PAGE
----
Let’s head down to SoCal for a picture today. This image of an artist on Venice Beach is one of my more popular photos posted to Flickr. Why is that, do you suppose?
Since converting our swimming pool to a garden we have had a lot more wildlife around. This year two pair of kestrels have taken up residence. We also have a lot of butterflies, beas, and hummingbirds.
This caterpillar is a swallowtail. They like plants in the carrot family, and this one was enjoying a lunch of dill. Eventually he will turn into a butterfly that will look something like this.
There are a few more photos in my nascent garden set on flickr.
This year our garden has been a little deficient in red flowers. An exception is the Maltese Cross, which produces large globular composite flowers. These are doing well. Above you can see them in the garden; below is a close-up (not too well focused, but it will give the idea) in a cut bouquet.
Our garden lies in what Sunset calls “one of Northern California’s finest horticultural climates.” We are located in an area of wet mild winters and dry mild summers — a Mediterranean climate zone. It’s region with unique challenges and opportunities. I love gardening here.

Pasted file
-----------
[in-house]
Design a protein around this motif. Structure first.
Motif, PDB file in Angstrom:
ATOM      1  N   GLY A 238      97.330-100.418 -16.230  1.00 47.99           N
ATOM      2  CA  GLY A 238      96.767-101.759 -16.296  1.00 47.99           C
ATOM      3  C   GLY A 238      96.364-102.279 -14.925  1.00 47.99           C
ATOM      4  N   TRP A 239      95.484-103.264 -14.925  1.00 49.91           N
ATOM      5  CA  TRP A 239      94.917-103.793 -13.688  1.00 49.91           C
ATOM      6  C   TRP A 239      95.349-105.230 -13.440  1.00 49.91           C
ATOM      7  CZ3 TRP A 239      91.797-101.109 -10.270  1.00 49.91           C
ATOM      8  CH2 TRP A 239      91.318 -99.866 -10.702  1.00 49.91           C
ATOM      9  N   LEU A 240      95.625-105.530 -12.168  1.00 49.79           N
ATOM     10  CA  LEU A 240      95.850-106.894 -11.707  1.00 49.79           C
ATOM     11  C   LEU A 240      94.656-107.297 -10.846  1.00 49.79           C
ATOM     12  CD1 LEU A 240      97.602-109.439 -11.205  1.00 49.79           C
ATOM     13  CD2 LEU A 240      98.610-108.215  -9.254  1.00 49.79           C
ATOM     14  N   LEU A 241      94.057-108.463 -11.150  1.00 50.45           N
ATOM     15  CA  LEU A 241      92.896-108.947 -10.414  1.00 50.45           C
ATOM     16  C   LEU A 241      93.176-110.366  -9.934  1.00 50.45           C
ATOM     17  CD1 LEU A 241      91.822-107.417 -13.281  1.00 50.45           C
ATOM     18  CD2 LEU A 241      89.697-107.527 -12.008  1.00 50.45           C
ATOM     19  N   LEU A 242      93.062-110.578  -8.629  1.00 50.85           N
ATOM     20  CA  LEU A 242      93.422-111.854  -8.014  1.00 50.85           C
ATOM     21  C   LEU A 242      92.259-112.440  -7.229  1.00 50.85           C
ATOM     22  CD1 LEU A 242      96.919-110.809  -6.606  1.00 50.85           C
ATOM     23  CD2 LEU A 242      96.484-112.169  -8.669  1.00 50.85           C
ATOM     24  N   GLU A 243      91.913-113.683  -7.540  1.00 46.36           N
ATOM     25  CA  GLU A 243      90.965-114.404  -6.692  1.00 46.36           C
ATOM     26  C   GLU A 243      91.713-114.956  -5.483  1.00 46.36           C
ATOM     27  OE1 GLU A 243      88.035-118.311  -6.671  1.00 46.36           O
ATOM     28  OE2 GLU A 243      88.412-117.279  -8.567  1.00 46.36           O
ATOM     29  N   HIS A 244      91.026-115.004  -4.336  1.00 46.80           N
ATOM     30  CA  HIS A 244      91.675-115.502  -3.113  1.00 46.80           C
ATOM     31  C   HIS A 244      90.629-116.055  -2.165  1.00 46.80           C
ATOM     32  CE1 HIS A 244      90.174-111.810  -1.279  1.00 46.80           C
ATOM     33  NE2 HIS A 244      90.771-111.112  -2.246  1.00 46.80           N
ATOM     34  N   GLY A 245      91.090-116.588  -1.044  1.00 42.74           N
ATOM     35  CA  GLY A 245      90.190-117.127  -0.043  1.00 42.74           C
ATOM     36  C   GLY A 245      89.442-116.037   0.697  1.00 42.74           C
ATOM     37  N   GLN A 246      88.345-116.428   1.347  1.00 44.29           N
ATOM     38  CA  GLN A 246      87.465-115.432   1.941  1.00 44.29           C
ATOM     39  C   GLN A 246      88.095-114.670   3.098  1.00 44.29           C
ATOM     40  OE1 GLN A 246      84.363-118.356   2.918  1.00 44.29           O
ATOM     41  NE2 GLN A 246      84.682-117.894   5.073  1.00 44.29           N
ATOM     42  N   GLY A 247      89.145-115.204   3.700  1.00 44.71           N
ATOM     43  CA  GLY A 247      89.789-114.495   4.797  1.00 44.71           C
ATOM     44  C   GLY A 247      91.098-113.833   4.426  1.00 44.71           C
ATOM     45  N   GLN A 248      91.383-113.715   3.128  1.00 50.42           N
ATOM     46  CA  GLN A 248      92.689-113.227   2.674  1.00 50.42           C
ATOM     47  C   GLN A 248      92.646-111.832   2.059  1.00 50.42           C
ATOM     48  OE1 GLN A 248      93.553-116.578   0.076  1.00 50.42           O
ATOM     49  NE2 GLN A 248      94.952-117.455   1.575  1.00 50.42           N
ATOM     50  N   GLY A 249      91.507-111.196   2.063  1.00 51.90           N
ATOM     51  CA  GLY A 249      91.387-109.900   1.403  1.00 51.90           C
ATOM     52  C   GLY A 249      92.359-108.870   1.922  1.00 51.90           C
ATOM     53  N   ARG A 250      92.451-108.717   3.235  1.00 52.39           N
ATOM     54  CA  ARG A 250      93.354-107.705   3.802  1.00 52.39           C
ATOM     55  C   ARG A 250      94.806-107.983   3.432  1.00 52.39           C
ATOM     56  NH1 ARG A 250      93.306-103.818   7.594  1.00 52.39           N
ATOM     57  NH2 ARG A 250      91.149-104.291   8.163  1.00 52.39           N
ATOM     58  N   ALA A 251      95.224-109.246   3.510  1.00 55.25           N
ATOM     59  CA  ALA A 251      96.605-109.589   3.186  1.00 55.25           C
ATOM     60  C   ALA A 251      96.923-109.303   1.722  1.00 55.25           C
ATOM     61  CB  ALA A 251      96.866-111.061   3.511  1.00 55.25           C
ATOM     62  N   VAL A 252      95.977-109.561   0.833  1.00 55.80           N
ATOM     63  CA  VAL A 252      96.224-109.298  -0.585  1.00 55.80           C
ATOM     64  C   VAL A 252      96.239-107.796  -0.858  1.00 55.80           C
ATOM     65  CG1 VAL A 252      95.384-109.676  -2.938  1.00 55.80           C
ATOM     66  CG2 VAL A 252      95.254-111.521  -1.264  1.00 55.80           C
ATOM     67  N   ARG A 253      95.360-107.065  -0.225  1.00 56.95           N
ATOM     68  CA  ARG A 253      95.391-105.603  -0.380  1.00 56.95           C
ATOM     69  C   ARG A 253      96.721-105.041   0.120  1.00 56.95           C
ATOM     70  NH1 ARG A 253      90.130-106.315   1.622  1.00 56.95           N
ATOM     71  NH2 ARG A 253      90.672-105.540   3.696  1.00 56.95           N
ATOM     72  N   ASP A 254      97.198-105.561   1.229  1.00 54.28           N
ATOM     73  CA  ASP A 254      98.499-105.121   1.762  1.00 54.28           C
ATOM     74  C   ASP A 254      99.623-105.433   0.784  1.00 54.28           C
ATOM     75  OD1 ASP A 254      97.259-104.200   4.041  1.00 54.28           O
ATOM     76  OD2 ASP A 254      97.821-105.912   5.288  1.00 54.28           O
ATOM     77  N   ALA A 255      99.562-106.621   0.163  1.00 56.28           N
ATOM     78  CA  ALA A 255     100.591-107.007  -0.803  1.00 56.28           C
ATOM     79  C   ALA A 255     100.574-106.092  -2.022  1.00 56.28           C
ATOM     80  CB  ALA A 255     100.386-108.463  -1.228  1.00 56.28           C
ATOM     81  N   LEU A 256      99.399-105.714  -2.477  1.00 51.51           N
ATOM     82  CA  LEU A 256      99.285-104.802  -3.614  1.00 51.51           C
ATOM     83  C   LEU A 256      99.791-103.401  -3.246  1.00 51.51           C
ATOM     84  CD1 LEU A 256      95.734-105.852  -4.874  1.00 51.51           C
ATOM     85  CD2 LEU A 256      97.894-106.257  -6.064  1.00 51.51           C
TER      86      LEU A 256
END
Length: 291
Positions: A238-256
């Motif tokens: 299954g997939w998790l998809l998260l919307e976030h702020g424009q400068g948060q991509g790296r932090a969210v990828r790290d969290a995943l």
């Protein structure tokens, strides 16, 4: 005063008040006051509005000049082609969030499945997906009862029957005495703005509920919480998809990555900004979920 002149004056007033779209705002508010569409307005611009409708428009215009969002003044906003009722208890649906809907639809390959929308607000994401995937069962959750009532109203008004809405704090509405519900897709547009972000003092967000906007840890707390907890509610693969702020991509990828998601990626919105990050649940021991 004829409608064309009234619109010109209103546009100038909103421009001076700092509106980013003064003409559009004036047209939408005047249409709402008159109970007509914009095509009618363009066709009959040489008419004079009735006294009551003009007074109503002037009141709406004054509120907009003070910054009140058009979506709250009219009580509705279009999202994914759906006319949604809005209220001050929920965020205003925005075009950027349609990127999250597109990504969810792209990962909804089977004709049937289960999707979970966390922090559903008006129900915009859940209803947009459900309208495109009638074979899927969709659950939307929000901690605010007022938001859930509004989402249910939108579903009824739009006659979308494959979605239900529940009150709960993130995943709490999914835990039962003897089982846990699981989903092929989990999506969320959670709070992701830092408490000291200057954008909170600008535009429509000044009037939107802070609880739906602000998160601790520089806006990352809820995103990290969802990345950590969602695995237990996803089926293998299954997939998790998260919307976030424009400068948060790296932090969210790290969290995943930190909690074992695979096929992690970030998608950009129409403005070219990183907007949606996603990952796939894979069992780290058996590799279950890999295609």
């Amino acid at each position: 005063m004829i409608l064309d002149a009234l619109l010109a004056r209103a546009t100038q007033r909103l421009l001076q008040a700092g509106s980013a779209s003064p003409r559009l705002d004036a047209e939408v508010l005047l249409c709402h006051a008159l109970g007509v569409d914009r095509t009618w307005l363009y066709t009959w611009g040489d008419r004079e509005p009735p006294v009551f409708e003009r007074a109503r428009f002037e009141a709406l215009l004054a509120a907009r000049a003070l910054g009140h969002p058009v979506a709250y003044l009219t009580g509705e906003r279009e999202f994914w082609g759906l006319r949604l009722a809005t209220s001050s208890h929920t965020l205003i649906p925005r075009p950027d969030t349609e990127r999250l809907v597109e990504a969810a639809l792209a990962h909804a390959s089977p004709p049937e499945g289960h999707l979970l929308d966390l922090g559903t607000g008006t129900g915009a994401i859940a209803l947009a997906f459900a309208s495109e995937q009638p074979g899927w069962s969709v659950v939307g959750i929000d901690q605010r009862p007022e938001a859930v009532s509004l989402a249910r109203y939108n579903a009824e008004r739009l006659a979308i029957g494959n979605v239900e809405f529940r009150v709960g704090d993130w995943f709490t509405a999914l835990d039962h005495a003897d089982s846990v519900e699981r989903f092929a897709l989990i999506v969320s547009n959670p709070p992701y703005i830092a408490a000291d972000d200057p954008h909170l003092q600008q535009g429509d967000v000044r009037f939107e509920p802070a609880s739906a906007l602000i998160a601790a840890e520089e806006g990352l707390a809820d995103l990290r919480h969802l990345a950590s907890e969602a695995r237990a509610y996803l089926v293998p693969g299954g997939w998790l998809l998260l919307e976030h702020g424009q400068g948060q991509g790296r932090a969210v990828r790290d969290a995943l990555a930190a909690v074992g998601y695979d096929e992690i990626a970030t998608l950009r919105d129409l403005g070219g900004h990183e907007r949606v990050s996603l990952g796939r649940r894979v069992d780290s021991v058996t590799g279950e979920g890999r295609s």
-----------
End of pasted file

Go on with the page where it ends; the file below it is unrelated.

Approaches to gardening are strongly determined by scale. Our garden is a small family garden. Its core was formerly a swimming pool. Often we might be growing just a single plant in a container, or a handful of plants, where a larger-scale gardening operation might be planting long rows of crops. Over time we have adjusted to find the right balance for our home garden.
All this new stuff goes on top
turn it over, turn it over
wait and water down
from the dark bottom
turn it inside out
let it spread through
Sift down even
Watch it sprout.
A mind like compost.
— Gary Snyder
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